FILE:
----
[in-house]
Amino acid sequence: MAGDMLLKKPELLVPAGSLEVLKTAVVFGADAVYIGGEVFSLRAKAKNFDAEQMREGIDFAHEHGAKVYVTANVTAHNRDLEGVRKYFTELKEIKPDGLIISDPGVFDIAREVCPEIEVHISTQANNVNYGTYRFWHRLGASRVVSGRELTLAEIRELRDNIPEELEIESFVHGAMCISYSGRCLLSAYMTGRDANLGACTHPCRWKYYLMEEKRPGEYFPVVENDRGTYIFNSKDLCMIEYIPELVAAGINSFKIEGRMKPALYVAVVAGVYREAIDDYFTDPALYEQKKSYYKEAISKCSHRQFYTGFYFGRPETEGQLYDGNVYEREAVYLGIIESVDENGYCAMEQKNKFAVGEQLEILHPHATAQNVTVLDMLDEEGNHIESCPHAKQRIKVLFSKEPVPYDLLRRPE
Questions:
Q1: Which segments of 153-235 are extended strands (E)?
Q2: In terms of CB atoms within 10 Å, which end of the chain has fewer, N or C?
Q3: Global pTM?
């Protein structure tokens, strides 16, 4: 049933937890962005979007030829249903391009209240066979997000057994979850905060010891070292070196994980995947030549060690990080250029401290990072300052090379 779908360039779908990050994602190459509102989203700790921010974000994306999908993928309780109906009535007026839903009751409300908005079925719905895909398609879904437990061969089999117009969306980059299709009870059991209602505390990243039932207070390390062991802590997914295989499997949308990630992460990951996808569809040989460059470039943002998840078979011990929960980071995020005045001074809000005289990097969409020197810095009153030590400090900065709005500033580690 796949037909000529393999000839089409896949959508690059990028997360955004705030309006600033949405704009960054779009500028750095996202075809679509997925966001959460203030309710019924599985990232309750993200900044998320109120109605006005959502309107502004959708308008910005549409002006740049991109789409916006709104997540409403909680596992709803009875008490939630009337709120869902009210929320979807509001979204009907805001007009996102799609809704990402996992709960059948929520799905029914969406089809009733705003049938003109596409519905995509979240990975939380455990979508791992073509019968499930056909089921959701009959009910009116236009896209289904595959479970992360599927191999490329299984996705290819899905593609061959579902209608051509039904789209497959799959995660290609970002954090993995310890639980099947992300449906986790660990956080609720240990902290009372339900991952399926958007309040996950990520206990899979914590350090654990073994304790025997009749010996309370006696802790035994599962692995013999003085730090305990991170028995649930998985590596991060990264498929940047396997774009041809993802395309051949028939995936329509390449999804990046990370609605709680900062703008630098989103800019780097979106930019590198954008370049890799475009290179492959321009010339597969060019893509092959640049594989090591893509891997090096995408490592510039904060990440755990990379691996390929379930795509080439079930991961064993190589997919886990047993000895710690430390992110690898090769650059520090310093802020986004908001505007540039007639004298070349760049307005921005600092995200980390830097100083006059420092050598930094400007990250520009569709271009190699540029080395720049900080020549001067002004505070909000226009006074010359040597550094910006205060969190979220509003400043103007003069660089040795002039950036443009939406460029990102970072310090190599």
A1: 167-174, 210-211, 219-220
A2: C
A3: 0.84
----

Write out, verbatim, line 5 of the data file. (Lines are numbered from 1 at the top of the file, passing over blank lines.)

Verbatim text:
Q2: In terms of CB atoms within 10 Å, which end of the chain has fewer, N or C?